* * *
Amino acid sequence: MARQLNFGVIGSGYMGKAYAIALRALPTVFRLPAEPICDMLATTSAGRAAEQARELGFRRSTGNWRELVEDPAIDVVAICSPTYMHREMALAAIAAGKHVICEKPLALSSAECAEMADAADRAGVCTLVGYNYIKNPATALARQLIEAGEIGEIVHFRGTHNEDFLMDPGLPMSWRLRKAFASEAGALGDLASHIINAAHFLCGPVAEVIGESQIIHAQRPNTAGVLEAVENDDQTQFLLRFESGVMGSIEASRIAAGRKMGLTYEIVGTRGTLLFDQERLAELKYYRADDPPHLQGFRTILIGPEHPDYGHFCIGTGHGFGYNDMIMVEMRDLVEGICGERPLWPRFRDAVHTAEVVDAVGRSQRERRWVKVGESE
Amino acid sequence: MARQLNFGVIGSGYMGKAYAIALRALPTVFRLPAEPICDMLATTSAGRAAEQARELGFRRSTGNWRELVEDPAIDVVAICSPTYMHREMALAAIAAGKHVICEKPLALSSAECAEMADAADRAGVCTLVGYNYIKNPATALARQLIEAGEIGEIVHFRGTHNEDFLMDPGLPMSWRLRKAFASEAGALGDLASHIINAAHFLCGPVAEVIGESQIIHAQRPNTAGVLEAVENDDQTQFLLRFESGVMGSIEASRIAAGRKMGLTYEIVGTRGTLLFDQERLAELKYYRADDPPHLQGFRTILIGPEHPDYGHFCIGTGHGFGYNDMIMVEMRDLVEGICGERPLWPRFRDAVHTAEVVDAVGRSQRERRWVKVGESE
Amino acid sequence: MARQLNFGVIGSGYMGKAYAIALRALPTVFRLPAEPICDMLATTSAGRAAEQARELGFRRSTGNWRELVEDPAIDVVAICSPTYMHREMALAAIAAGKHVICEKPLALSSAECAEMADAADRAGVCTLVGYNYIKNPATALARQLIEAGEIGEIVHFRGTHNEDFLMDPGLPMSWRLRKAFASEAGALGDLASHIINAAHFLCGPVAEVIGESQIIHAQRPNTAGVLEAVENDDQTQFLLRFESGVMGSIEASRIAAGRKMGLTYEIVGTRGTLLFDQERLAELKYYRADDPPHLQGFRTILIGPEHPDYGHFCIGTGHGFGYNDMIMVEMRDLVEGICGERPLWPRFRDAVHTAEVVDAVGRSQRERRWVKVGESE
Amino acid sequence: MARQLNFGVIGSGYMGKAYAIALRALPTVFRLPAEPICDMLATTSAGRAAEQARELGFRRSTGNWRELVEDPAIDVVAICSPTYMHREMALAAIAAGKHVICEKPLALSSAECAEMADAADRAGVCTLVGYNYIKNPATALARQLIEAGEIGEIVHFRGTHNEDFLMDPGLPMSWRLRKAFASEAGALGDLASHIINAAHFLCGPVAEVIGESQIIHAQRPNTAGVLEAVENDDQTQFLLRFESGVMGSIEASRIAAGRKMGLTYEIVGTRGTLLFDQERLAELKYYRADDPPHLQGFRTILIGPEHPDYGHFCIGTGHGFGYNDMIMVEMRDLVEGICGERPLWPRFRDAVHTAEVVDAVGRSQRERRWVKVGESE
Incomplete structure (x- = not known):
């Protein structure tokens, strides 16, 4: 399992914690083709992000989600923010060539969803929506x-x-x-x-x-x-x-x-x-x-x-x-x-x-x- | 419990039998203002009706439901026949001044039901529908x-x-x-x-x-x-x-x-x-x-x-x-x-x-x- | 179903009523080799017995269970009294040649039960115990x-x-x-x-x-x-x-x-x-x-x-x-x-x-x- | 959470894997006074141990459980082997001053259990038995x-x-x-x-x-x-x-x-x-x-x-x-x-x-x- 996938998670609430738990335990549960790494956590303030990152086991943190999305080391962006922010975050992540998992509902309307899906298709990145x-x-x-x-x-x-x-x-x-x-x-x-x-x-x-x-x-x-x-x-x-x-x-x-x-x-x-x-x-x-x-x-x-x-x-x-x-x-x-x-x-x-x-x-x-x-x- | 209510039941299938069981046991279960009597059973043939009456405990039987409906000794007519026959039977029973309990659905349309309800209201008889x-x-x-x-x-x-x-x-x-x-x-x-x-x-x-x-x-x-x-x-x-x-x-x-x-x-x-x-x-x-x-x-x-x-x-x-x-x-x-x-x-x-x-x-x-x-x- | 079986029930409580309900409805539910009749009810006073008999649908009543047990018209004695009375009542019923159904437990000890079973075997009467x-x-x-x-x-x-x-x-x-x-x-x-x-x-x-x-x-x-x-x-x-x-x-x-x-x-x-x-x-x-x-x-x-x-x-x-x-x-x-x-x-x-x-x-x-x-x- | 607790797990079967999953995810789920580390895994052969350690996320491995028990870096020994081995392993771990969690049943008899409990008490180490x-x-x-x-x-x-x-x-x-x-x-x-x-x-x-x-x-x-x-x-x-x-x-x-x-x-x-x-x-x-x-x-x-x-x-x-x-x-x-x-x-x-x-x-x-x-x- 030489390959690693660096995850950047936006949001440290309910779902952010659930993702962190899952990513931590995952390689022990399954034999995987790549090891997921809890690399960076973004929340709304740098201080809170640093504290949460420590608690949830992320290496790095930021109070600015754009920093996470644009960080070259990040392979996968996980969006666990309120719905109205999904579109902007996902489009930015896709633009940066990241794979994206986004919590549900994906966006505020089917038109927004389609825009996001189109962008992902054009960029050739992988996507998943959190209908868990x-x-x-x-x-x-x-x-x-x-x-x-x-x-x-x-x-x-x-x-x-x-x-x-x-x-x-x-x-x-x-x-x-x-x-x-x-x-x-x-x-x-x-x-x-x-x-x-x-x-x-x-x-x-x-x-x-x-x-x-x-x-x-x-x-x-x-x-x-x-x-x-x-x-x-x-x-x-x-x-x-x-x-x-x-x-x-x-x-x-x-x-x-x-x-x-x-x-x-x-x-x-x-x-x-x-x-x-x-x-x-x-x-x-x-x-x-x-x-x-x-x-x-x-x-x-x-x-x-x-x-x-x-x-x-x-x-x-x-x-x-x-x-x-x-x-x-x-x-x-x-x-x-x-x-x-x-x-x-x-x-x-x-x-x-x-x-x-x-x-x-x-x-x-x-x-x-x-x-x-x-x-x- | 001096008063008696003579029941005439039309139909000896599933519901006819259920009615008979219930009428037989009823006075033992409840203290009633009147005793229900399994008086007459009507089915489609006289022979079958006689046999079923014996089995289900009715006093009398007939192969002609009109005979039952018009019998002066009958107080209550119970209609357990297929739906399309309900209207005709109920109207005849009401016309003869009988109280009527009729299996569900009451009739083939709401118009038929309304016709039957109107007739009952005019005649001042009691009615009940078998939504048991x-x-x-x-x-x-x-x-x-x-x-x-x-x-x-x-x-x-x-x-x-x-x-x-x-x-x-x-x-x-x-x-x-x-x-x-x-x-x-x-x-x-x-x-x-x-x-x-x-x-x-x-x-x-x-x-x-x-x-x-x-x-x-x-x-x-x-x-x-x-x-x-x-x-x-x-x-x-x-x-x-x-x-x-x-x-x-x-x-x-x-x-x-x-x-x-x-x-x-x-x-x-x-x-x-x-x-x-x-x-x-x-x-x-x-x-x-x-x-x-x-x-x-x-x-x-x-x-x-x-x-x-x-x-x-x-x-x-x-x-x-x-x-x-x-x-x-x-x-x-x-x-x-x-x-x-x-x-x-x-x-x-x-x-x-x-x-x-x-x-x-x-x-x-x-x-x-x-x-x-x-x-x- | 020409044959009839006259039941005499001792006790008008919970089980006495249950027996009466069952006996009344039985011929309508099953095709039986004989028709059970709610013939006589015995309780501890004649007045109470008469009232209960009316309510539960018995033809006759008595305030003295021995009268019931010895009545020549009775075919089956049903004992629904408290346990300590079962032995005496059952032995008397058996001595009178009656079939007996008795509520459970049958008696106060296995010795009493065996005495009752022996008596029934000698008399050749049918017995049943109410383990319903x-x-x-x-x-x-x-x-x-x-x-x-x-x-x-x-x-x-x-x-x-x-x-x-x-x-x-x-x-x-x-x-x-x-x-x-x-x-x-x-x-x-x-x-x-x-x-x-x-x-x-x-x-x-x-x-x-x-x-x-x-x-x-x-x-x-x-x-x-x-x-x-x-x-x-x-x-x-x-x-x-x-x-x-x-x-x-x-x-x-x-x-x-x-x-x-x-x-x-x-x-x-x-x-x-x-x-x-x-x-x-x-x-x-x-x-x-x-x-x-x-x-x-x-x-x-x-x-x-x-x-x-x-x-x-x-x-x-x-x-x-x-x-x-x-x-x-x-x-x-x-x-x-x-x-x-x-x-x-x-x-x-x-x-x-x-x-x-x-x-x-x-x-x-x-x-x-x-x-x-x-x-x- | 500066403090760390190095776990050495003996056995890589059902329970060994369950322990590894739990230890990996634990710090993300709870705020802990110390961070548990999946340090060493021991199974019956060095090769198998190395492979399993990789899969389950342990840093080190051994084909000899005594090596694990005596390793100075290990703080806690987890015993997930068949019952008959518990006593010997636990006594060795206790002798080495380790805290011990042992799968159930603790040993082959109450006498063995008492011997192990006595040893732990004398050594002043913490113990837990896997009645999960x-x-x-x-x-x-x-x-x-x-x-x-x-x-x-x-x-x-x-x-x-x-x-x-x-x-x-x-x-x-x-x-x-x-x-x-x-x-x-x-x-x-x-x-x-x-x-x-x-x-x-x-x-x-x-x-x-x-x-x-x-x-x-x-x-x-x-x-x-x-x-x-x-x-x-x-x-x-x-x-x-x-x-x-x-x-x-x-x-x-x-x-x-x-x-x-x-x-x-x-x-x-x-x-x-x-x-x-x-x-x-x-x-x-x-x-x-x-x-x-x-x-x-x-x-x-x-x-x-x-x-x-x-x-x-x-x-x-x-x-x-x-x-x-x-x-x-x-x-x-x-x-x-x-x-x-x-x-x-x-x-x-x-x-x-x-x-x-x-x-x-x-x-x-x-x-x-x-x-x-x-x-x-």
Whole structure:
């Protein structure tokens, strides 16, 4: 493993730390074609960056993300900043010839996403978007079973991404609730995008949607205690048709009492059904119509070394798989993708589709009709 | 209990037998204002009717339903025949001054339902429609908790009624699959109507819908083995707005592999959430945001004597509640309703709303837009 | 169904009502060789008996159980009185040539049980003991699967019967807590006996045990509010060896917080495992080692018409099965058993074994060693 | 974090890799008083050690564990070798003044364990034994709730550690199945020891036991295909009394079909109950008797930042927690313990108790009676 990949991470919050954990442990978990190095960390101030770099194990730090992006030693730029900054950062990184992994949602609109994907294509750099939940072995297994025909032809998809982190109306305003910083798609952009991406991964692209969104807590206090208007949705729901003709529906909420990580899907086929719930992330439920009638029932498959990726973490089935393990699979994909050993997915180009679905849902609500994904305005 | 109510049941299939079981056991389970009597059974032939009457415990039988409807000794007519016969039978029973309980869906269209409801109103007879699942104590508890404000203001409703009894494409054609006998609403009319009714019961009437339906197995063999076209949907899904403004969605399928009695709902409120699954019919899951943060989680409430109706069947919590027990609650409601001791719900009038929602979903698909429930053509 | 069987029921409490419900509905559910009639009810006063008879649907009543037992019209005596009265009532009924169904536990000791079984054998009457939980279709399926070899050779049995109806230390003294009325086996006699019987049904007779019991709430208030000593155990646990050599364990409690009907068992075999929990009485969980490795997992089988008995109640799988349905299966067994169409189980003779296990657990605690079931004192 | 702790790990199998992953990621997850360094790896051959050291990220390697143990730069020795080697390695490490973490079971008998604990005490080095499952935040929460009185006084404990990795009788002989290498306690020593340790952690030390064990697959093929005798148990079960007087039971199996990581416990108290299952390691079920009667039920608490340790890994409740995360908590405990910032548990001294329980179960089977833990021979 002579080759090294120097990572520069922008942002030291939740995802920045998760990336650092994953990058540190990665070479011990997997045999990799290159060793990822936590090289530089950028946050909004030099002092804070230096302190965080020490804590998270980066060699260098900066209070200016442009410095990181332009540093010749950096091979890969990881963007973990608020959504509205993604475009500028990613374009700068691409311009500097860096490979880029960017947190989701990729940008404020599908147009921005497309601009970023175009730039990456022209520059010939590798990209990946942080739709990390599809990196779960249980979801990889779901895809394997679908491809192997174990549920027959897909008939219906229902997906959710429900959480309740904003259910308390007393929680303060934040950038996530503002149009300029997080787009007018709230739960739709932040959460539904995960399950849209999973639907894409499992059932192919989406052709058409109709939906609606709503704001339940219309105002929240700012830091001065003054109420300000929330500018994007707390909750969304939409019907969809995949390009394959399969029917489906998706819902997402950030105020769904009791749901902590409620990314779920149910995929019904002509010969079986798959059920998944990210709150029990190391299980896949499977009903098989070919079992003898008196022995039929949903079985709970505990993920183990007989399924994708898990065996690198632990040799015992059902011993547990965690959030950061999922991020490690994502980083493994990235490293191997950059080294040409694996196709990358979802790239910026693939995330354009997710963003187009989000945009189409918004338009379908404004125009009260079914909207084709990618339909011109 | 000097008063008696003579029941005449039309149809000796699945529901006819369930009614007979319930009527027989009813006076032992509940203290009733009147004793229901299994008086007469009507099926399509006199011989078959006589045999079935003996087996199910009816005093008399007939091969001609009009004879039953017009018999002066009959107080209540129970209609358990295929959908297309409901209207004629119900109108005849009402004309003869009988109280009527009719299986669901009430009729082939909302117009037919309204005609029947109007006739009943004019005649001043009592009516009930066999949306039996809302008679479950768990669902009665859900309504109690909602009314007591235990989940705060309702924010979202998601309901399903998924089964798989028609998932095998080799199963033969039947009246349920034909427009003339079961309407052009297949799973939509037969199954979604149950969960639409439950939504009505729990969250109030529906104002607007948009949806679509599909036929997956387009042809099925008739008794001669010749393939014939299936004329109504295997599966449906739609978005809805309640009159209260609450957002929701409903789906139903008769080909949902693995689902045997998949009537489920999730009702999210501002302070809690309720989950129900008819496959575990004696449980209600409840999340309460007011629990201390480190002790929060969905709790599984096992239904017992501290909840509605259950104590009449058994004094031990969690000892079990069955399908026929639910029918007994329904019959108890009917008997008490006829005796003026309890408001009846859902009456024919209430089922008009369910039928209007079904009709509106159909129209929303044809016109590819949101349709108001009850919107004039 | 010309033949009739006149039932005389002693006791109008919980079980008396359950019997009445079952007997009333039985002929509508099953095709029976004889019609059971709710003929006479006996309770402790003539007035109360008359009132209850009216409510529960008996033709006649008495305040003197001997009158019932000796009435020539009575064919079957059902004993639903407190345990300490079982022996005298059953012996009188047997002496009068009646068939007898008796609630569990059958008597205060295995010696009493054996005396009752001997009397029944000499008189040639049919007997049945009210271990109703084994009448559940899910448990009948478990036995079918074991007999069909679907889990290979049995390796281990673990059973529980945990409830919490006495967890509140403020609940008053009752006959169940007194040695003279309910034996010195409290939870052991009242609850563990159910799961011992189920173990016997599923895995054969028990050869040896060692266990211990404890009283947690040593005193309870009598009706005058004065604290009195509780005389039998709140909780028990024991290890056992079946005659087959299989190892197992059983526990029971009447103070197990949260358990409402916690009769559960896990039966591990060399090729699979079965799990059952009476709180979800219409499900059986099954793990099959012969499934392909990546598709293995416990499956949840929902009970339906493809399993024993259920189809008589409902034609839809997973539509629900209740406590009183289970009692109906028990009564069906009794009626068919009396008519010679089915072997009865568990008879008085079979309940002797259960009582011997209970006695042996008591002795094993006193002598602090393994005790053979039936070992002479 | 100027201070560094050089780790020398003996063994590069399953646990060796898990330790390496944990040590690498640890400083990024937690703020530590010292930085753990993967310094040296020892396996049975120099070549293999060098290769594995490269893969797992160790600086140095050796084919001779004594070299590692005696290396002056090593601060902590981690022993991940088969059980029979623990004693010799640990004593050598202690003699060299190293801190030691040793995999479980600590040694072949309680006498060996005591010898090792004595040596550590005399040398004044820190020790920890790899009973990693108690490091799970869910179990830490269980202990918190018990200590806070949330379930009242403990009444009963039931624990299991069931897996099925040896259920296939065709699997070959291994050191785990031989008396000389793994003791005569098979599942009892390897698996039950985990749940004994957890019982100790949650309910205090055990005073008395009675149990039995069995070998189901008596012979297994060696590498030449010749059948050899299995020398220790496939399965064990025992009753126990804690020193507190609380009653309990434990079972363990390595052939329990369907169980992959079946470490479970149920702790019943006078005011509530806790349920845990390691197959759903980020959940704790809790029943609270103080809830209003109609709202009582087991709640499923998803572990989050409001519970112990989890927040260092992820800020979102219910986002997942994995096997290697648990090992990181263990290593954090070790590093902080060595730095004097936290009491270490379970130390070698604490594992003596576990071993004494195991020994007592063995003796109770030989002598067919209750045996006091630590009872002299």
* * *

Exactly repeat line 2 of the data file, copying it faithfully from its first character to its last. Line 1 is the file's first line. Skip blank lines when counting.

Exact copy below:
Amino acid sequence: MARQLNFGVIGSGYMGKAYAIALRALPTVFRLPAEPICDMLATTSAGRAAEQARELGFRRSTGNWRELVEDPAIDVVAICSPTYMHREMALAAIAAGKHVICEKPLALSSAECAEMADAADRAGVCTLVGYNYIKNPATALARQLIEAGEIGEIVHFRGTHNEDFLMDPGLPMSWRLRKAFASEAGALGDLASHIINAAHFLCGPVAEVIGESQIIHAQRPNTAGVLEAVENDDQTQFLLRFESGVMGSIEASRIAAGRKMGLTYEIVGTRGTLLFDQERLAELKYYRADDPPHLQGFRTILIGPEHPDYGHFCIGTGHGFGYNDMIMVEMRDLVEGICGERPLWPRFRDAVHTAEVVDAVGRSQRERRWVKVGESE